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Accordeon bellows


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Hi  guys,

I bought recently antique bellows on an auction near Brisbane. Because this was apparently passed trough for the 3rd time when i went to that auction.  This amazing piece was calling me contstantly and therefore i couldn't resist to make an offer.  I will find a nice place in my house for it.  But there is a but.  The tag that was with it,  said that those bellows was used in one of the movies of The pirates of the Caribbean.   Cool that was a plus.  So i am watching the movies now :-)  

Could someone give me more information about this amazing very heavy and very large piece or artwork?  Mayby time period, origin, and name of the parts.  I know it measures 230cm long and 96cm wide.  The nossle is 53cm long. 

Looking forward for some more information






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That basic style goes back over 500 years in Europe with surprisingly little change;  location tended modify shapes and construction more that time.

In use it's mounted with that rod tieing into a frame leaving the top board---the solid one and the bottom board---the one with the vents, free to move up and down.

The bottom board sags down under it's weight pulling air in through the vents;  the pumping handle  is generally mounted to the top of the frame with a cord or chain to a projection on the bottom board. The smith pulls down on the handle,  the other end goes up pulling  the chain and the bottom board up pushing the air in the lower chamber into the upper chamber through vents in the middle board. (hidden) The upper chamber is the one connected to the nozzle and the weight of the top board pushes the air out of the chamber through the nozzle.  If you need more air you can add a weight to the top board above the cleat on it.  (a hammer is quite typical) The neat thing about this is you can get a continuous air flow from the nozzle as it's still pushing air out even as you are filling the top chamber   The upper chamber acts like a reservoir for air so as long as there is any in it, it can flow out through the nozzle

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Thank you thomas for this information.  Its amazing that they thought about this continuous flow of air already in those days.  Can i found out from which area in Europe this could be?  Is that size common?  Because the auctioneer said this is the largest bellows he has ever seen in his 50 years of auctioneer.  What kind of wood and leather is normally used.  The leather is almost drenched in oil of some kind.  Is that for protecting/greasing the leather.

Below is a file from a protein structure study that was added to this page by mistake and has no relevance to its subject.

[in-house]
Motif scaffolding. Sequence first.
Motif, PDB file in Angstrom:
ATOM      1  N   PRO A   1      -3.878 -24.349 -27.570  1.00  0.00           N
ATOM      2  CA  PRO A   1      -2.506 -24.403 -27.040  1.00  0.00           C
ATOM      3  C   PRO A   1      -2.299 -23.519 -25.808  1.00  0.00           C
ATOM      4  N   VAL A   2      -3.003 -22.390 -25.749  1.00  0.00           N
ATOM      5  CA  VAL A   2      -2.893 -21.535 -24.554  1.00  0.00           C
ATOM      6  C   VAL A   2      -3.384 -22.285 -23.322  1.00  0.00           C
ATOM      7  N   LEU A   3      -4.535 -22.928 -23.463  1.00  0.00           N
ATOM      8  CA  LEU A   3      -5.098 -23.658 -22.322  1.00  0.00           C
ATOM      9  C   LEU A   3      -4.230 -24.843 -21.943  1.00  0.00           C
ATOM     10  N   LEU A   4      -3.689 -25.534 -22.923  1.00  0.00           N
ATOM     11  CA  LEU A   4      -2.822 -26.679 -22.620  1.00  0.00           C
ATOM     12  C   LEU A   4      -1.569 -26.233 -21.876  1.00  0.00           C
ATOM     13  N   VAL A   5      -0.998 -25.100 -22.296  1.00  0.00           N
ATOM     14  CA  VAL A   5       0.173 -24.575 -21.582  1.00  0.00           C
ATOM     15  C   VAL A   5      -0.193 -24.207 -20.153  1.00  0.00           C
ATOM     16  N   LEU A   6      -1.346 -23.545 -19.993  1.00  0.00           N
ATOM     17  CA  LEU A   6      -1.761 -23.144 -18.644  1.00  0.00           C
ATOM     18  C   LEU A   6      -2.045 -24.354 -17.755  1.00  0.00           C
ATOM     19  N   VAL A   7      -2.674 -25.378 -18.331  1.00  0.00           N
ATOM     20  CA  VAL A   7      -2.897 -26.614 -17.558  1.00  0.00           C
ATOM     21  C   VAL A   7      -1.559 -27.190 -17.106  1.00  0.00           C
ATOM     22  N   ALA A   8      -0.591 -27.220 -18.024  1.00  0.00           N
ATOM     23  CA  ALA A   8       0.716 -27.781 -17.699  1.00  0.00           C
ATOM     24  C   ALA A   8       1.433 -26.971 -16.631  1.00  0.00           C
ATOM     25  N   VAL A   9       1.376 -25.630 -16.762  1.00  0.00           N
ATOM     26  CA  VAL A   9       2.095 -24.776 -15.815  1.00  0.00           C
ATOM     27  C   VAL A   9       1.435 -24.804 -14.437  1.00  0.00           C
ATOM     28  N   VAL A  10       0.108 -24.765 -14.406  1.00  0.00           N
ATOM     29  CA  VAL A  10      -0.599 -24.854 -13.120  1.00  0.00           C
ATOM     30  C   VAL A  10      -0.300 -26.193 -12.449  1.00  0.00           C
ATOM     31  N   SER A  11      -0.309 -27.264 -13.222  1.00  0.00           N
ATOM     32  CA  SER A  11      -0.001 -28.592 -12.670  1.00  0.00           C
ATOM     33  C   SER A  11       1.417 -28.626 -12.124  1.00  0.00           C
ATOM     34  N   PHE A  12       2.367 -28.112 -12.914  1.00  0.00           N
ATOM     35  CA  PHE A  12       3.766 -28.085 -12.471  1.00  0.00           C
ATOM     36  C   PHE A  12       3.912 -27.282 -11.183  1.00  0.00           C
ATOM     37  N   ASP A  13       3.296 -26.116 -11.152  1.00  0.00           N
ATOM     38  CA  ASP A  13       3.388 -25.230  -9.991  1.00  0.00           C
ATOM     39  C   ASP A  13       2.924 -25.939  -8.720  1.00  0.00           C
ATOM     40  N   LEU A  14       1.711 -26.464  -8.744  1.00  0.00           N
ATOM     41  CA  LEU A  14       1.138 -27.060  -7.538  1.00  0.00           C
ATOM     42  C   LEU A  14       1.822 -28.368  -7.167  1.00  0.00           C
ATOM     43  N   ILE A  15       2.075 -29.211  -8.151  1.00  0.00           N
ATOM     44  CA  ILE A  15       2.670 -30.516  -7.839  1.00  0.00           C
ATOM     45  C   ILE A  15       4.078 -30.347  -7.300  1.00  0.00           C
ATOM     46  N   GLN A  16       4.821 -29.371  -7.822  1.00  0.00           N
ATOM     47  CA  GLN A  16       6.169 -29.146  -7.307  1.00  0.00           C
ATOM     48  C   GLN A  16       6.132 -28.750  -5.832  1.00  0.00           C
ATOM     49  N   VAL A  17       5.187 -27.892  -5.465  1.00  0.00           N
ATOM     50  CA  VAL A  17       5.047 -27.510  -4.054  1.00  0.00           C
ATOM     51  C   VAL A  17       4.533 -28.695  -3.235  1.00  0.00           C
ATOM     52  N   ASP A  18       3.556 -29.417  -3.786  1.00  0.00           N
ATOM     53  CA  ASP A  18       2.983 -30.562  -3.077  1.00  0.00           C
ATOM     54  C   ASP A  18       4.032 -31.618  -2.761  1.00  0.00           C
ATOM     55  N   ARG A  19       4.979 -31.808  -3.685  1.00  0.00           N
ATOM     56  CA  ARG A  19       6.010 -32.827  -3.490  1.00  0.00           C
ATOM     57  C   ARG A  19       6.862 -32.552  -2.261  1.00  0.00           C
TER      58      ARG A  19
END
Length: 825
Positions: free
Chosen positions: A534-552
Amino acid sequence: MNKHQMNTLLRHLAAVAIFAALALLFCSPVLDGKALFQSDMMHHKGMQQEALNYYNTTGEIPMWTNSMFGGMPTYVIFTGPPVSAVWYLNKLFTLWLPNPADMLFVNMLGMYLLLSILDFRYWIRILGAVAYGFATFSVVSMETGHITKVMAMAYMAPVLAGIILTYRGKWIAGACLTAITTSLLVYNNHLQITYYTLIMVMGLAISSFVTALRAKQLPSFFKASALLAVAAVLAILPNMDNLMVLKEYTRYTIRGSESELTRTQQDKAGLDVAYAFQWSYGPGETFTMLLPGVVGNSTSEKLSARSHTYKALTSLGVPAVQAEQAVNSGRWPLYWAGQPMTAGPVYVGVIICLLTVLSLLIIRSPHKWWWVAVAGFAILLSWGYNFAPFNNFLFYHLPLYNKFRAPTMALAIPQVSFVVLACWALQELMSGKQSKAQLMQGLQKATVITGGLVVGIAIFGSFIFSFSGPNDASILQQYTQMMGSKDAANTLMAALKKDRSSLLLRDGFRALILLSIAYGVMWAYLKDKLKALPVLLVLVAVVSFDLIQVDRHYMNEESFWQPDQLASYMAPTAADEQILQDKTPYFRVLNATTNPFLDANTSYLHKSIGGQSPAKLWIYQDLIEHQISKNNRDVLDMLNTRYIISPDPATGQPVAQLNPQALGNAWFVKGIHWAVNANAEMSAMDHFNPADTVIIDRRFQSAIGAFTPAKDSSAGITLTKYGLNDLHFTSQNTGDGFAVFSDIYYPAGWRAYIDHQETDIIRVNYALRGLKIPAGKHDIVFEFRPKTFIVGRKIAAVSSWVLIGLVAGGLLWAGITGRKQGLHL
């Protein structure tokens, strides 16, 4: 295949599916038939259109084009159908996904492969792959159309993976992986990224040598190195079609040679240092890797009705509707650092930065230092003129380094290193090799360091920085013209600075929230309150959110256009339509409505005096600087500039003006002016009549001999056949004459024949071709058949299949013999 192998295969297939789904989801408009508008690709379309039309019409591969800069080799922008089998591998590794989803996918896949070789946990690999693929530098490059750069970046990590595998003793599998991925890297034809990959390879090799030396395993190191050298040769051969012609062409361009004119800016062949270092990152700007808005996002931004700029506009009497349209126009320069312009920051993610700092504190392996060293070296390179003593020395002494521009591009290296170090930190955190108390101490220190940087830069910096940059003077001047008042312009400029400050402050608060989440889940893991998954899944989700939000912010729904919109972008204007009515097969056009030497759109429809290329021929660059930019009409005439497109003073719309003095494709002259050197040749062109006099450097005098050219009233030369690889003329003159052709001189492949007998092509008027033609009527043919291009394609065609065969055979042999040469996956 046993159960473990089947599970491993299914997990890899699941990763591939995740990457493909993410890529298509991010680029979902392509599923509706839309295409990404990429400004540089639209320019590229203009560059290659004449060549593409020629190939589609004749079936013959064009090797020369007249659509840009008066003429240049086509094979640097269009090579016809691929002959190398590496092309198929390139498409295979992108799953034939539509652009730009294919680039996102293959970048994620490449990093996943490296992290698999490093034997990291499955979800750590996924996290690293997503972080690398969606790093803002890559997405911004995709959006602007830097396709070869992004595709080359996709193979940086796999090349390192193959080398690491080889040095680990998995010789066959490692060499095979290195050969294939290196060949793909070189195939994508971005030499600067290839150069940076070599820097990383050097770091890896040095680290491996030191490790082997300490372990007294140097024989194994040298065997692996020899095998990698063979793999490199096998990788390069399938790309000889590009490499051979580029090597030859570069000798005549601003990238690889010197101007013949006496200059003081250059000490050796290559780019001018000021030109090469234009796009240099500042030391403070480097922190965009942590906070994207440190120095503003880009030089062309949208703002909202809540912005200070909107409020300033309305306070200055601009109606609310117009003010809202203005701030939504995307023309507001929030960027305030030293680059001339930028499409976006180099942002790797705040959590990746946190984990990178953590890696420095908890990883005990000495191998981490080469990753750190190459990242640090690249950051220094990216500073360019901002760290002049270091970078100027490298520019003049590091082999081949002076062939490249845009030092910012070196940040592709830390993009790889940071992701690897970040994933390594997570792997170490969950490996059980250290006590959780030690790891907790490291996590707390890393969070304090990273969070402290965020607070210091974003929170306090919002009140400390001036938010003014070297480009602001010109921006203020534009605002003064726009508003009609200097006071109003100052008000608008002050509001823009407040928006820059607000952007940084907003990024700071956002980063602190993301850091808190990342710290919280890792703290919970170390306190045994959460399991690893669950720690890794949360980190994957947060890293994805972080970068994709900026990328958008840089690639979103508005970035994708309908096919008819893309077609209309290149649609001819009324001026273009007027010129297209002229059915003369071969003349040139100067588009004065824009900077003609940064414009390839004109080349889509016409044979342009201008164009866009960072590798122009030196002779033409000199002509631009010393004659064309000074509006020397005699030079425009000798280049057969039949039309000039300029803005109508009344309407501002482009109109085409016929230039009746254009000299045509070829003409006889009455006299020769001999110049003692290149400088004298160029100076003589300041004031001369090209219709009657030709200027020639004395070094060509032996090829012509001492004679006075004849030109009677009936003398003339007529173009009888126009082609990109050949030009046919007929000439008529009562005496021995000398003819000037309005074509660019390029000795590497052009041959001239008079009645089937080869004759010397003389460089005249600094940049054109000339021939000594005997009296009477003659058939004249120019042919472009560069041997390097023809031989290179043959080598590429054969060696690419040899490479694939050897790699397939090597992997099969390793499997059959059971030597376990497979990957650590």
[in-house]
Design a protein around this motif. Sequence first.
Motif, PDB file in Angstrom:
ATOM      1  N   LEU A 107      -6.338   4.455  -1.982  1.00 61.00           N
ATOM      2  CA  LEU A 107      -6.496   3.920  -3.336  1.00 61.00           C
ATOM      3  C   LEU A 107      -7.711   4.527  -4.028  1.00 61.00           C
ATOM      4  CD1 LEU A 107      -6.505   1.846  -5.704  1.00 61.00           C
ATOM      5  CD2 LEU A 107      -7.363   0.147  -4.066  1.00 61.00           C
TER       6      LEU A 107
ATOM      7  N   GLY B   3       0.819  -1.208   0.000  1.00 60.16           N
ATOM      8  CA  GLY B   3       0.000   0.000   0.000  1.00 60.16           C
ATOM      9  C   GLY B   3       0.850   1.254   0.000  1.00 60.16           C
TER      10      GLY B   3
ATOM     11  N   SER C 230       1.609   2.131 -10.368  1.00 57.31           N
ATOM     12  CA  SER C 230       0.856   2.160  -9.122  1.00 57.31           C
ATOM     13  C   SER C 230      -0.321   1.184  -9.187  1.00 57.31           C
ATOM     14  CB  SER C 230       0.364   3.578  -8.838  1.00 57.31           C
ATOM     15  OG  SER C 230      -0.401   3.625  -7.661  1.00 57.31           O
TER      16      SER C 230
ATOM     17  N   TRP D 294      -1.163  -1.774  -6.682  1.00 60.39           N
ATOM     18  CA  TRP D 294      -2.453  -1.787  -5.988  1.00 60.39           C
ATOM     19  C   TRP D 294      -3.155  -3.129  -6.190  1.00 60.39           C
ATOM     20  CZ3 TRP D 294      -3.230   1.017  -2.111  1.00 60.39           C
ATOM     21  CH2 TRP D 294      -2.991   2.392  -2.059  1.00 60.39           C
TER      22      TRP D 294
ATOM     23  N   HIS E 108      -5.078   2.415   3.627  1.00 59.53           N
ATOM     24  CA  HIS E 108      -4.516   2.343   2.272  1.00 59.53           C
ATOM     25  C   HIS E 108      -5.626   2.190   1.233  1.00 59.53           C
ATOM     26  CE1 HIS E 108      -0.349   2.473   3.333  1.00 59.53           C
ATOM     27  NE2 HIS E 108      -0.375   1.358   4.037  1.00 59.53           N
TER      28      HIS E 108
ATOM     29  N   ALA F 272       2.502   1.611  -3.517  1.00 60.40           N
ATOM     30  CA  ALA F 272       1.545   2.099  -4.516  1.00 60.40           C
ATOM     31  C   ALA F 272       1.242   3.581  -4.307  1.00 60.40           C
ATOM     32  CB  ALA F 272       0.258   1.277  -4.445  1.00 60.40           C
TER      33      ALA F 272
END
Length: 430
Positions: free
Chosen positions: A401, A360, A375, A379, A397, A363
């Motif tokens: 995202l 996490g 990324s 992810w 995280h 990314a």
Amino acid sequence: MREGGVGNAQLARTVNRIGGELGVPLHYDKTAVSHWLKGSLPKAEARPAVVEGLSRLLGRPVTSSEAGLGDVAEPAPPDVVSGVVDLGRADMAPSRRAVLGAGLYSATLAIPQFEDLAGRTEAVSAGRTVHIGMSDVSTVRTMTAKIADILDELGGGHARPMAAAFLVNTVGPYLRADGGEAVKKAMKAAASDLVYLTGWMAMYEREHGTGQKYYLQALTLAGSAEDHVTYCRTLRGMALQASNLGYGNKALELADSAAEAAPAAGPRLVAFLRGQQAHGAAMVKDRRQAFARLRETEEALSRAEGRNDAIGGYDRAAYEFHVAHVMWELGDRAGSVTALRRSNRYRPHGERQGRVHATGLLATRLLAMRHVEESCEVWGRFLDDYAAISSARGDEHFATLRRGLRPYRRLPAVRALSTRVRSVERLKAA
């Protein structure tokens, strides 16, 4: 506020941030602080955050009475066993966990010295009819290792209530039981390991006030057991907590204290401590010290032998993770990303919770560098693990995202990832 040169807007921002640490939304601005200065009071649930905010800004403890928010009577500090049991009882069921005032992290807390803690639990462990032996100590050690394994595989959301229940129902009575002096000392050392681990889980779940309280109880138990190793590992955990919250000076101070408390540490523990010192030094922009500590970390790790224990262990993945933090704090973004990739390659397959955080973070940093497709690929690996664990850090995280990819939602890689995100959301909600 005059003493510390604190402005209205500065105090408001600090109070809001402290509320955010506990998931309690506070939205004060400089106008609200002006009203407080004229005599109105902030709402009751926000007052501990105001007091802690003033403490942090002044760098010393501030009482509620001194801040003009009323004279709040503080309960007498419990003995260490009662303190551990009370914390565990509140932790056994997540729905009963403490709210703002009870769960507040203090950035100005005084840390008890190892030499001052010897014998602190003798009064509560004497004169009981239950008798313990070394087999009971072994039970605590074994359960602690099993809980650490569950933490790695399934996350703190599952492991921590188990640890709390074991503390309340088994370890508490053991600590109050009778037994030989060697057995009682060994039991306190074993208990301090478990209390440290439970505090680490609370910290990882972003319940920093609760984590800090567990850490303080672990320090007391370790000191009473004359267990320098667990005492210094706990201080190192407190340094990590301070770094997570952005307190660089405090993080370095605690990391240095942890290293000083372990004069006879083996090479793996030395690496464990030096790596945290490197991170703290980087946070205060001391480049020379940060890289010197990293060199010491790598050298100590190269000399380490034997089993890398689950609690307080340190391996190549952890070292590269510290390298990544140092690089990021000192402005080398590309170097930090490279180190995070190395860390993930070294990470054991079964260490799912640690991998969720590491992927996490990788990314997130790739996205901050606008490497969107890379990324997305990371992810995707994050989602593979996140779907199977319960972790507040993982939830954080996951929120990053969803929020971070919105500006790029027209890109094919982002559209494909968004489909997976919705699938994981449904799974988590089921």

Sorry for all the questions



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It very well may have been made locally by a smith who back then may have very well been an immigrant.  They are simple to build and would have been expensive to ship to Australia and so I would expect it to have been made on site.

 I would have the wood checked by a local expert to see if it's a native wood.  What kind of wood depended on location.  Northern Europe may be a conifer; in fact Agricola describes building a bellows in De Re Metallica (1550's Germany, single chamber for a millwheel pumped furnace) and says the boards were made from 2 pieces of pine glued together with a linden edging applied and that the bows were made from linden as well. He states that the leather was ox hide or horse hide with ox preferable.

Size is middling, My set was based on one in a museum that was a commercially made one in late 19th century America and was larger than that one and I have seen a few smaller. The 1908 Sears Roebuck catalog sold blacksmith's bellows from 24" wide to 40" wide from US$4.05 to $12.29 for the widest and extra long one.  They made theirs from basswood, pine and whitewood with cowhide leathers.  I do not think yous was a commercially made one and probably dates in the 19th century. (Note that US$4 in 1908 is about $100 in 2016 US dollars.

Greasing the leather to make it more pliable and therefore to last longer was common, neatsfoot oil was one preparation used.  Someone may also have treated that to keep the leather from falling apart in recent times.

Pretty much everything in a blacksmith's shop is a consumable---meaning that they would wear out and be repaired or replaced.  The anvil is probably the longest lasting item in the smithy!  I would expect a bellows to have the leathers replaced several times over it's life. Trying to get a constant air flow goes back over 1000 years with people using multiple single chamber bellows so you can be inhaling on one while you exhale on another.  Much more trouble! (I have a set of those too for when I do Y1K demos.)

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  • 2 months later...

(See my other post on restoring bellows)  I am partial to forging with a bellows. I have worked forges with hand cranked blowers, electric blowers and traditional bellows. I prefer a good bellows over them all. 

I feel like the rythmic sound of the soft clack of the valves is sort of soothing. I like the smooth even blast and the lack of the blower noise. Seems more natural to me. It is also harder for me to burn up my steel with a bellows. Can't wait to get mine up and running. I also think pulling on the bellows lever is less taxing ergonomically than turning a crank. 

Like Thomas said, the capacity is adjustable by adding wait on the top paddle. A couple hammers or a few horse shoes laid up there if we are pulling welding heats.

Yours looks to be in fairly good condition. Mine measures about 86 cm x 193 cm

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